So the big question is, where are we in this respect? The United Nations Educational, Scientific and Cultural Organisation Institute for Statistics tracks these indicators. In 2018, the top countries in terms of gross expenditure on R&D (public as well as private spend) as a share of their Gross Domestic Product (GDP), were Israel (4.95 per cent), the Republic of Korea (4.8 per cent), Sweden (3.33 per cent), Japan (3.26 per cent) and Austria (3.17 per cent). While China stands at 12th position with 2.18 per cent of the GDP being its R&D spending, India was at 38th place with research spending of 0.65 per cent of the GDP. It ranks as one of the lowest spenders among the BRICS countries. Not only this, our ranking in another indicator, namely, the number of researchers per million inhabitants (in full time employment) is off the mark, too. With 252 researchers per million inhabitants, we are near the bottom rung as compared to China (1,307), Denmark (8,065) and Korea (7,980). This is not a demographic dividend one would have envisaged.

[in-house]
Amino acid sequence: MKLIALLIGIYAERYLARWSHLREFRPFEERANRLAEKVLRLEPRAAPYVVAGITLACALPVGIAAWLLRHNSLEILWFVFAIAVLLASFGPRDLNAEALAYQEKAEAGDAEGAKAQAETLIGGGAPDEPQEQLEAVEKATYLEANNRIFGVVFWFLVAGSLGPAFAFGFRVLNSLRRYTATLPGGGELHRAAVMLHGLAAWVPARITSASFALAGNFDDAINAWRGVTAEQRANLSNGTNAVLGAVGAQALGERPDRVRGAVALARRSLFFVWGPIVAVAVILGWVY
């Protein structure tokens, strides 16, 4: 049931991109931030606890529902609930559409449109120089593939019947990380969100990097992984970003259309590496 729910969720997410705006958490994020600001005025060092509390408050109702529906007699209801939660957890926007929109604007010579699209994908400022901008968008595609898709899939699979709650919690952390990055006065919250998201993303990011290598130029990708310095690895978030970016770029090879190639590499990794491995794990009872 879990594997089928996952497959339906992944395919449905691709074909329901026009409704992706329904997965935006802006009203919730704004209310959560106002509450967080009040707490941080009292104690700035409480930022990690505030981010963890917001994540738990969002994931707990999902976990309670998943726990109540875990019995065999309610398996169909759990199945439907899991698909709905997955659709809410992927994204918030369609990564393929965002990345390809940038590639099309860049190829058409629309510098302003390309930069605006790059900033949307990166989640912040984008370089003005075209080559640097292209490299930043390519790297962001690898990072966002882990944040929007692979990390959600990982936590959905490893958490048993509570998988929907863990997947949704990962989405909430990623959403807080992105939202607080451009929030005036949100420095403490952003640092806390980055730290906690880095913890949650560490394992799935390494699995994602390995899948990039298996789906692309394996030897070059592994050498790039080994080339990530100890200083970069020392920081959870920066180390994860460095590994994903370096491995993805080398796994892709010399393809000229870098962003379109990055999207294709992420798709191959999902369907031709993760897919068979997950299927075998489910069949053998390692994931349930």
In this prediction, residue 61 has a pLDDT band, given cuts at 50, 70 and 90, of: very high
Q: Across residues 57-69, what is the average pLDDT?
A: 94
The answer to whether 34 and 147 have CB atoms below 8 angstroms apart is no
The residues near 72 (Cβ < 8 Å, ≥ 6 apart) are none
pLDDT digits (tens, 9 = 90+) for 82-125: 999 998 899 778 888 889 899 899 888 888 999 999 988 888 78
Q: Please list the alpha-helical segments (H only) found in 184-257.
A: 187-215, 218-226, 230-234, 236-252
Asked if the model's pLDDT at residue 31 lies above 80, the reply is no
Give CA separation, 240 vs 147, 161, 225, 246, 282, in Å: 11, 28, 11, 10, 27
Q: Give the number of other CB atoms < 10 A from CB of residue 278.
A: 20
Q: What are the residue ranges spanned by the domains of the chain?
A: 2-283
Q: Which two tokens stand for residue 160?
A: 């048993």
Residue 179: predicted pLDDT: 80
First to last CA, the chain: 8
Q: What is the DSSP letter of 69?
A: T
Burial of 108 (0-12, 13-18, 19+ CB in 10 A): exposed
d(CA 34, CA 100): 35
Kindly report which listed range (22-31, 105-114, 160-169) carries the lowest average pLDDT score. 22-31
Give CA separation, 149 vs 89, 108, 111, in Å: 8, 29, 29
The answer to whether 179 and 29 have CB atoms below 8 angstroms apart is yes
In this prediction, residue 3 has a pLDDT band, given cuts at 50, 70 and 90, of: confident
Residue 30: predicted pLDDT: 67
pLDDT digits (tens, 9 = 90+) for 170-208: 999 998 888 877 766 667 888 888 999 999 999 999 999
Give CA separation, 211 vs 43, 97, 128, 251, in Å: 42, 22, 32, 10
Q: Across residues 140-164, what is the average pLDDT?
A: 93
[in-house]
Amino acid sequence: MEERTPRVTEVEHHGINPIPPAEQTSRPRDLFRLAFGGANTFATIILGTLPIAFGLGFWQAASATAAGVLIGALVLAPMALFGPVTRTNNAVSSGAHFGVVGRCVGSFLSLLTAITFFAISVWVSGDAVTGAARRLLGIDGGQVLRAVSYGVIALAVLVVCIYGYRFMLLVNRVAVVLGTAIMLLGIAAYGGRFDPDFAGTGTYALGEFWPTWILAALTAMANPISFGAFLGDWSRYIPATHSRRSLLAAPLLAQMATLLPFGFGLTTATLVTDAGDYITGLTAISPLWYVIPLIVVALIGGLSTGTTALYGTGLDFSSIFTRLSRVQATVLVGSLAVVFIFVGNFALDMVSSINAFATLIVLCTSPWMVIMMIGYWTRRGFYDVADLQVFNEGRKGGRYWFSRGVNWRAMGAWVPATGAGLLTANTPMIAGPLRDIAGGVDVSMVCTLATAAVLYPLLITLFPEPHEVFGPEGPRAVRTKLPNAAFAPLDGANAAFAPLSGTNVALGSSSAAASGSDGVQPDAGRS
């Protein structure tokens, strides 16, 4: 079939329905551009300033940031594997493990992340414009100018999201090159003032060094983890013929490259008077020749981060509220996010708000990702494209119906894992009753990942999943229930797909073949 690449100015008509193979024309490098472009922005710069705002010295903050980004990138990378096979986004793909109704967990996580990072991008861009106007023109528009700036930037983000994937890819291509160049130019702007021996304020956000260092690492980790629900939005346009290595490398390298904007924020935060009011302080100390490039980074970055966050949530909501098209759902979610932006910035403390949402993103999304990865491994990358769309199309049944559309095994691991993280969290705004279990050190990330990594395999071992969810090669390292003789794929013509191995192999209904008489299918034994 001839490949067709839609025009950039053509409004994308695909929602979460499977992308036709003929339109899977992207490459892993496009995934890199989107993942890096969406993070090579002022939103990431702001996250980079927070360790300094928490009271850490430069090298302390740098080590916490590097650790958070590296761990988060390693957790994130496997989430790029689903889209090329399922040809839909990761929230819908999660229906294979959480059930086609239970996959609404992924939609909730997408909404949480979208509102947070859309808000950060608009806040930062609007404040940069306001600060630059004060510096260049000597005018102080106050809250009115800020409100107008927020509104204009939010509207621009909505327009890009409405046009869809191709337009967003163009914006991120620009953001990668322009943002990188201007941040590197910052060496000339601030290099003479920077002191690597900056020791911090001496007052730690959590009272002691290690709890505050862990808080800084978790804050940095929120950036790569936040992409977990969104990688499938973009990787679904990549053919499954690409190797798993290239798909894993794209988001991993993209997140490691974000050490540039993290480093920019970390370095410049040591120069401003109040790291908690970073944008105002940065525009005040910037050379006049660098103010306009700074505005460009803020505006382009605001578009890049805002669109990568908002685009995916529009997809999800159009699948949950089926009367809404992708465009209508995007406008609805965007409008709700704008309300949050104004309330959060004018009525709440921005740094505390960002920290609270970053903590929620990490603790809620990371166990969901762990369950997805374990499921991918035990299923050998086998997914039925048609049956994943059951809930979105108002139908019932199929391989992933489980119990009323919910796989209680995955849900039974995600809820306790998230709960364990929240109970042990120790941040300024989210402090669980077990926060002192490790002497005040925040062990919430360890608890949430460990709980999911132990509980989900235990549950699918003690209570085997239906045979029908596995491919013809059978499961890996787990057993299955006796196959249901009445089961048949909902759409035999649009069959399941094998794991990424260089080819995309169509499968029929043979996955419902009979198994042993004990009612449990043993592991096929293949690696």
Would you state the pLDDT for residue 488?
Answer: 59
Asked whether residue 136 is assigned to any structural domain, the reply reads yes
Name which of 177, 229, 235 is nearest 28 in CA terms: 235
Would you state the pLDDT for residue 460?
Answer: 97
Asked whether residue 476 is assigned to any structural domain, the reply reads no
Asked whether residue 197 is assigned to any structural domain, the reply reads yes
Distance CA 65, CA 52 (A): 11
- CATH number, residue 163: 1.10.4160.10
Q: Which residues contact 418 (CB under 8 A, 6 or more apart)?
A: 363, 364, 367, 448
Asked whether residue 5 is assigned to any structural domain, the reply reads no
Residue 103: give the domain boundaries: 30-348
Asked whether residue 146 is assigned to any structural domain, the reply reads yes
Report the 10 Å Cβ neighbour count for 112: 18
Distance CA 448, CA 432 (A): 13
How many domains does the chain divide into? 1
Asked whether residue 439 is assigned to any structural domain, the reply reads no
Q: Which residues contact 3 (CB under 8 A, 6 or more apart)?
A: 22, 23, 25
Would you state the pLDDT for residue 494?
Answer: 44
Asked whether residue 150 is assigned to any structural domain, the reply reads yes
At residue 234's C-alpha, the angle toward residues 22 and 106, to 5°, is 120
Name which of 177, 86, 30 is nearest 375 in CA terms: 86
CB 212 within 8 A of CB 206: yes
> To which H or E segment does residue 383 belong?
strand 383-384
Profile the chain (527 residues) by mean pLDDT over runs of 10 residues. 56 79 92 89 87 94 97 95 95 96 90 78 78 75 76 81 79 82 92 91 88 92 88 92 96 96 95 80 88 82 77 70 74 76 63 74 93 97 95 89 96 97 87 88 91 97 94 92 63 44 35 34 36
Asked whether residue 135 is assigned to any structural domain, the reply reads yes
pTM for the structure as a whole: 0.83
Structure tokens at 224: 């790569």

Indeed, a report on ‘India’s R&D Expenditure Ecosystem’ compiled by the Economic Advisory Council to the Prime Minister (EAC-PM) in mid-2019 laments that while in absolute terms our R&D expenditure has increased, as a fraction of the GDP, public expenditure on R&D has been stagnant. It has remained between 0.6-0.7 per cent of the GDP over the last two decades. Now, India has set a goal to up its R&D spending to two per cent of the GDP by 2022. However, this was in the pre-Coronavirus era. Now, the implications of large-scale reallocation of public resources for battling the virus have to be seen on such “non-priority” goals. There is enough evidence from across the globe that governments often tend to reduce public research funding when faced with resource stress, prioritising short-term impactful areas over the long-term ones that R&D initiatives tend to be.